Fall Forum: Intellectual Property Remedies
Date: Friday, September 30, 2005
Time: 8:00am – 5:00pm
Location: Lewis & Clark Law School, Wood Hall, Room 7 (Map & Directions)
Economic analysis has dominated corporate law for forty years. The application of rational choice theory to matters of corporate law, corporate governance, securities regulation and finance has proved remarkably successful and robust. In recent years, however, proponents of behavioral economics have challenged traditional economic theory and, citing empirical studies, have argued that the rational choice model fails accurately to describe human behavior. Perhaps more importantly, scholars of behavioral economics contend that certain systematic deviations from rational choice’s predictions can be (and have been) identified, suggesting the existence of a better predictive model.
Numerous articles, appearing in both legal and economic journals, have applied or challenged the application of behavioral analysis to myriad aspects of corporate governance and its regulation. While the debate continues to rage, it is time to take stock of the state of behavioral analysis of corporate law-has it proved instructive, or is it merely a distraction from the still-reigning traditional paradigm?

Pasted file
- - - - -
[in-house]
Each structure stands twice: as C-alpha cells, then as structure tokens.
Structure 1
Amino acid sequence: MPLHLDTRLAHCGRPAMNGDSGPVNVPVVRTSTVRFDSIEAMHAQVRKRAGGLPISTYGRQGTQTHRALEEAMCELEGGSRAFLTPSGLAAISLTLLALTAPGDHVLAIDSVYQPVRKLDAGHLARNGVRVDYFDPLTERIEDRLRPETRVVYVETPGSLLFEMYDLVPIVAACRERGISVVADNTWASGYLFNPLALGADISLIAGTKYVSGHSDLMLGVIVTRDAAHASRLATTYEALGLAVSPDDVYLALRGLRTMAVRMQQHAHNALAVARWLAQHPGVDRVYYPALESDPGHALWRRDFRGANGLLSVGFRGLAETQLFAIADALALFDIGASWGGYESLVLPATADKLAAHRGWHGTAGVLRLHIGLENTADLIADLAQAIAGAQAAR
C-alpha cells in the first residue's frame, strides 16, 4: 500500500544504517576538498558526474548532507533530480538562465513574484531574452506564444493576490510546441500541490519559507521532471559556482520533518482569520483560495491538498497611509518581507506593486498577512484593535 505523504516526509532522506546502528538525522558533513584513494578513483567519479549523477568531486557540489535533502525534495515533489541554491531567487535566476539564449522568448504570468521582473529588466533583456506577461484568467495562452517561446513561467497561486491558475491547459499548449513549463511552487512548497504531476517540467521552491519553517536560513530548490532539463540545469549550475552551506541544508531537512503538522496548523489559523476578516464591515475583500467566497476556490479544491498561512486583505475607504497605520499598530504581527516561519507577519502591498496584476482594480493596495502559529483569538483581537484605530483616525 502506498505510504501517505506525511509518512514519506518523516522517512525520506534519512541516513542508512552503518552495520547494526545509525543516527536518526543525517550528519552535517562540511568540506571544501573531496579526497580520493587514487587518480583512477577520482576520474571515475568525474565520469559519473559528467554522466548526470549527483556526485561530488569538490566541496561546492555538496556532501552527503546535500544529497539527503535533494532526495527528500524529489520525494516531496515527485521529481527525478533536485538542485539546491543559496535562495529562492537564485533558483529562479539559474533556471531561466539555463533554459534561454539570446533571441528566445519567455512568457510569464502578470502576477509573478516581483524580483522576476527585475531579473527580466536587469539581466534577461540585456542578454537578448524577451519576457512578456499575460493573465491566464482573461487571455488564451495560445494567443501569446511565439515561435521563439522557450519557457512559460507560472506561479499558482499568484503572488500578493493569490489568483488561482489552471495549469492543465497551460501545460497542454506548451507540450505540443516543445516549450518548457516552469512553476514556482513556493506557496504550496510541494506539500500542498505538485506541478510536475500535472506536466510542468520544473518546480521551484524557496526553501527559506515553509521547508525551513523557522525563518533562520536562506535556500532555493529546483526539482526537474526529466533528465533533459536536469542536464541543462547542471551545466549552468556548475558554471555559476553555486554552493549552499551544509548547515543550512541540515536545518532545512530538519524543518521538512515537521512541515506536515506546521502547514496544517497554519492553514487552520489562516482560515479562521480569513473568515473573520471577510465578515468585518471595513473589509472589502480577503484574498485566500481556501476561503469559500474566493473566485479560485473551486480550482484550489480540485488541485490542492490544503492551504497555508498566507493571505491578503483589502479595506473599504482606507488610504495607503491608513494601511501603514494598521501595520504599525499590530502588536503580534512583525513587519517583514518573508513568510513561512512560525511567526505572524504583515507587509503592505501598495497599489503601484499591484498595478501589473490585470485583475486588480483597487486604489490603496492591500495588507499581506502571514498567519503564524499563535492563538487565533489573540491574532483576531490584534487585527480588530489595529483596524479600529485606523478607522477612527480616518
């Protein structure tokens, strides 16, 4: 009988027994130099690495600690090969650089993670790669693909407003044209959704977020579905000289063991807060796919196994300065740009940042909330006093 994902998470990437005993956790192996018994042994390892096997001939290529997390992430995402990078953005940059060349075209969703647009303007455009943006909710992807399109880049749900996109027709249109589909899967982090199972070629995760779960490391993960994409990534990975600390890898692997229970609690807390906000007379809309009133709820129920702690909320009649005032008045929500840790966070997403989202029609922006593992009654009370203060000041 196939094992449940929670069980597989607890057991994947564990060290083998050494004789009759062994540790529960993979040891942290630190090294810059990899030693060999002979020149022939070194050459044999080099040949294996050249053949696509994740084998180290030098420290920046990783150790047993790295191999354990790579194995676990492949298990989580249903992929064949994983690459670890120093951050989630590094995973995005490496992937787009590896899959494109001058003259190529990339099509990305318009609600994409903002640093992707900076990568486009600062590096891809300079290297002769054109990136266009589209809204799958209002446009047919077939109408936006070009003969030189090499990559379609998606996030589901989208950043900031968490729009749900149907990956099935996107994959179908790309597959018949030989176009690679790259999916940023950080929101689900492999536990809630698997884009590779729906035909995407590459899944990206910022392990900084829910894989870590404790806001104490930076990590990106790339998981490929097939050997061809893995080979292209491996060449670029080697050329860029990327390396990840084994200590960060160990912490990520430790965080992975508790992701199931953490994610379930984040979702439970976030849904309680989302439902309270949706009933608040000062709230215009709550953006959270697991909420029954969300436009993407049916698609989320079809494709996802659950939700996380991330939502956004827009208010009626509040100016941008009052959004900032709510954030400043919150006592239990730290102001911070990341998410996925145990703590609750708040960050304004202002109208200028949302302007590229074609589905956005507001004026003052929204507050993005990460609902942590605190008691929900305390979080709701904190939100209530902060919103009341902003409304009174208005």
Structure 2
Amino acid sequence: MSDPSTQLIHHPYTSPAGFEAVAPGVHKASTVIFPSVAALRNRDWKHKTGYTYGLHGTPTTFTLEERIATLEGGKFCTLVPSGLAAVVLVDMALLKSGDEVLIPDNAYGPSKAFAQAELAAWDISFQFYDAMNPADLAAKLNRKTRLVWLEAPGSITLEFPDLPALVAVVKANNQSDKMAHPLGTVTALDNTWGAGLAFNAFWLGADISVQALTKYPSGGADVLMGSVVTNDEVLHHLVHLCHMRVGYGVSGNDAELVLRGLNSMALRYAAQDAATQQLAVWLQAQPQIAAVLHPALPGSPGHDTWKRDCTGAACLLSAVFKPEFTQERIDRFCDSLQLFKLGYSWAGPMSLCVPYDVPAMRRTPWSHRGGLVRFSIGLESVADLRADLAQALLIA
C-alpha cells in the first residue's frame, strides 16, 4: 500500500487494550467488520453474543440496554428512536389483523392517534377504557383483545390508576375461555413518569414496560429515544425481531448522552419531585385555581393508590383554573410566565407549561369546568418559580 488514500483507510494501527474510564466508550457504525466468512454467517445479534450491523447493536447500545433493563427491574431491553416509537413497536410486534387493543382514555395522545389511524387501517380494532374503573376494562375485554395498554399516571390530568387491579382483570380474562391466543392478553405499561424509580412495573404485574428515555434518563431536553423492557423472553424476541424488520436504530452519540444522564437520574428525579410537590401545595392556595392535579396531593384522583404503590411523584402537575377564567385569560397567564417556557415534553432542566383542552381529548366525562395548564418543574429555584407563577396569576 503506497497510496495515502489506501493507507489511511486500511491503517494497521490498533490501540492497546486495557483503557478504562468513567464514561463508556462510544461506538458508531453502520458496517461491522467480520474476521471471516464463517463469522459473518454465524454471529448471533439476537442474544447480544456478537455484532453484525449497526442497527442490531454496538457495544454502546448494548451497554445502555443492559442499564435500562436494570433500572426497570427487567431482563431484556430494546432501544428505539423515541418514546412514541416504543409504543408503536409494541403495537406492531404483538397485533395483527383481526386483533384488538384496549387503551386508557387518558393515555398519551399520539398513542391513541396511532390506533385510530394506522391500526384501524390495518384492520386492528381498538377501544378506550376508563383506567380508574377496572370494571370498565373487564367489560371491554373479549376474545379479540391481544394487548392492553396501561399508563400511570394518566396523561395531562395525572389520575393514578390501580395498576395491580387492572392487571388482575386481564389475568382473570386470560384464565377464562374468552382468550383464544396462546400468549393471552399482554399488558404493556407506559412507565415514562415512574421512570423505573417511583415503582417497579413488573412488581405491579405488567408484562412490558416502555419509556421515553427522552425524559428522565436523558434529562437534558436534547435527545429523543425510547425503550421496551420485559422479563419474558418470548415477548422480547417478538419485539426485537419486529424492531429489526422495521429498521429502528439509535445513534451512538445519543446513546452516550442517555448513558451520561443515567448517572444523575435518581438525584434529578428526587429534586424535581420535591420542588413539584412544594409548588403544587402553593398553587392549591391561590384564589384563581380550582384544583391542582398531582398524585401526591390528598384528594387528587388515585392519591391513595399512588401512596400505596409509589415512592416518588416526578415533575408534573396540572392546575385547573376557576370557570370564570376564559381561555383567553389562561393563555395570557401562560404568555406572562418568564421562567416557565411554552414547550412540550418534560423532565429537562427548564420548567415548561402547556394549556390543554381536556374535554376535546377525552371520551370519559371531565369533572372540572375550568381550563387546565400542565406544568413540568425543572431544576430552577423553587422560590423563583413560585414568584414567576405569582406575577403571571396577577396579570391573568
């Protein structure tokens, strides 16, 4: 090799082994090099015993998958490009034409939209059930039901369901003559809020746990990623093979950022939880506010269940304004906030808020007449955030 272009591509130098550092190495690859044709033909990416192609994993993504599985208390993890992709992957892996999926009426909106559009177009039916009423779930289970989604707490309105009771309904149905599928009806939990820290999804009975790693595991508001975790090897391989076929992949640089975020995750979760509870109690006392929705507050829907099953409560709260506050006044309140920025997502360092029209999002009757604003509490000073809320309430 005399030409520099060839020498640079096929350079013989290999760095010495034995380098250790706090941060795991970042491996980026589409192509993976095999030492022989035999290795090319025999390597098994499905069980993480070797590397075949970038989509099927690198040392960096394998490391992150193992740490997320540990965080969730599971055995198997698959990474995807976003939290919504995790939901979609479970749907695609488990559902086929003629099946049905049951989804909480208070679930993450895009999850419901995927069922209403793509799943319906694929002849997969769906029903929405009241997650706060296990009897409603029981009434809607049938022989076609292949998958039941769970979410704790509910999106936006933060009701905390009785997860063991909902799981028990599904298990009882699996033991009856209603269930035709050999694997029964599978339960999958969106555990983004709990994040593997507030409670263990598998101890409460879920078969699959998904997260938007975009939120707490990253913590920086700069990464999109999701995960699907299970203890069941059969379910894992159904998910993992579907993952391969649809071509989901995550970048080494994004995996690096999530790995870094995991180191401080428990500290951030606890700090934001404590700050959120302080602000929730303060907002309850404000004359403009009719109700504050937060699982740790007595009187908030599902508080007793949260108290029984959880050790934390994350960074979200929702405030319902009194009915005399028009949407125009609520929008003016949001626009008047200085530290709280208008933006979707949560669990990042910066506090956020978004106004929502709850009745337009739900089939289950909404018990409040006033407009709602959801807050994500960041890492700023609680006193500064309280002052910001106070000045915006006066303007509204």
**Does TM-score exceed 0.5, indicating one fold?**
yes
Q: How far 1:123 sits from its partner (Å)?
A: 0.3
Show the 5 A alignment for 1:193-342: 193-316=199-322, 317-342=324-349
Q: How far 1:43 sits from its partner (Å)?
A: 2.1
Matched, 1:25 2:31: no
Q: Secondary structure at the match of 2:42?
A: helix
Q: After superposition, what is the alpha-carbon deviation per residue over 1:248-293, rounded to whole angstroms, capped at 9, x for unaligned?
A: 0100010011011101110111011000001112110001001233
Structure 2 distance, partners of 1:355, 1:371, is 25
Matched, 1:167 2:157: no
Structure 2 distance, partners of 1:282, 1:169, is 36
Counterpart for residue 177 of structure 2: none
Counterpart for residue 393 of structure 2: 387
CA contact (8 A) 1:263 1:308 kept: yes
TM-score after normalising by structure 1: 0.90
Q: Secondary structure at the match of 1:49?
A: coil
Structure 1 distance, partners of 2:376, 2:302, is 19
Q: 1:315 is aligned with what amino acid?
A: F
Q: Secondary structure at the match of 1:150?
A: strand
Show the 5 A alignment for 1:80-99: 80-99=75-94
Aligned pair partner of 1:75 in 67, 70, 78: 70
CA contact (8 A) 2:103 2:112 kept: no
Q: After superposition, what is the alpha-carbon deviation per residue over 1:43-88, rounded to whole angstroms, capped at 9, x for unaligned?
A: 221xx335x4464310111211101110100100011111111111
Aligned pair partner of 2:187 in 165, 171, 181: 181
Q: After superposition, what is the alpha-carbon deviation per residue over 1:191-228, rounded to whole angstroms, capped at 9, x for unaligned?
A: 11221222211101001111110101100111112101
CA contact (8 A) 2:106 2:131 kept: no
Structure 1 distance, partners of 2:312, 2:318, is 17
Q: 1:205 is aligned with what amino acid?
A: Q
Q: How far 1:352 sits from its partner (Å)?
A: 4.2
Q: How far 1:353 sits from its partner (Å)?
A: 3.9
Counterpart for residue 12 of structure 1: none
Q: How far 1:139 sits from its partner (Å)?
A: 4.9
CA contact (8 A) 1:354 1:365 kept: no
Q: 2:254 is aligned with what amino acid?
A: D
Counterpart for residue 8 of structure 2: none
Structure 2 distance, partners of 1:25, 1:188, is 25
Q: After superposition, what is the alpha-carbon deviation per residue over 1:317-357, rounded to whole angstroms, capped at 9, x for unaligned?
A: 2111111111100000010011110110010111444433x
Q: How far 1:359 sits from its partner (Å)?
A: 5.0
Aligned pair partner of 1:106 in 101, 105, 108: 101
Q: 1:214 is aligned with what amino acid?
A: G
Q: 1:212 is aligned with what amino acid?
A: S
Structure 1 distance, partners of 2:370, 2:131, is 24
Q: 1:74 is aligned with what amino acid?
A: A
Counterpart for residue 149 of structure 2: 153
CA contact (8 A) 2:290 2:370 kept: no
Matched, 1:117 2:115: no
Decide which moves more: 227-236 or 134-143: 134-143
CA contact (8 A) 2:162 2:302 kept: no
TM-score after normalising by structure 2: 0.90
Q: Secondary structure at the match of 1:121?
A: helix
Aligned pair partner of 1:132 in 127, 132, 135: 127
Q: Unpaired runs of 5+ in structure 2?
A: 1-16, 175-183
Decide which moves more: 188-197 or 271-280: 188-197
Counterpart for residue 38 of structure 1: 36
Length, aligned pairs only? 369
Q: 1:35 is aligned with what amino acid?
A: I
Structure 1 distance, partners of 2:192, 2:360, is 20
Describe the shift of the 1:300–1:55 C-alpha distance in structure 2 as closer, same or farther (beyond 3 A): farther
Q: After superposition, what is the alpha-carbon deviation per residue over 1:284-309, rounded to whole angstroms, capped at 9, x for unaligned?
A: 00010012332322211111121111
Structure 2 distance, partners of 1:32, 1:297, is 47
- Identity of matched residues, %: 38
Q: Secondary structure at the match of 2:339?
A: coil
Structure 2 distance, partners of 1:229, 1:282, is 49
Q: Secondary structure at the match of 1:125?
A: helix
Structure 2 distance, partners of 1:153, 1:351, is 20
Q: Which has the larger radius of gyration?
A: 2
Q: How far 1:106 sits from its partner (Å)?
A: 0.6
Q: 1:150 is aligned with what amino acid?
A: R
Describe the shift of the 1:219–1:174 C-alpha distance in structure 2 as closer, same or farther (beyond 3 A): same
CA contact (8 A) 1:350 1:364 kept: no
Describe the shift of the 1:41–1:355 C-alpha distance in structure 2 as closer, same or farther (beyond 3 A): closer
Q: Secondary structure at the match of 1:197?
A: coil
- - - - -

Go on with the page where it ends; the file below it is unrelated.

This topic is of great scholarly interest, and the questions concerning the validity, predictive power and scope of behavioral analysis constitute some of the central disputes in modern corporate law and economics. This topic should also be of significant intellectual interest to the corporate legal community, as the outcomes of these debates will ultimately shape both corporate regulation and its judicial interpretation.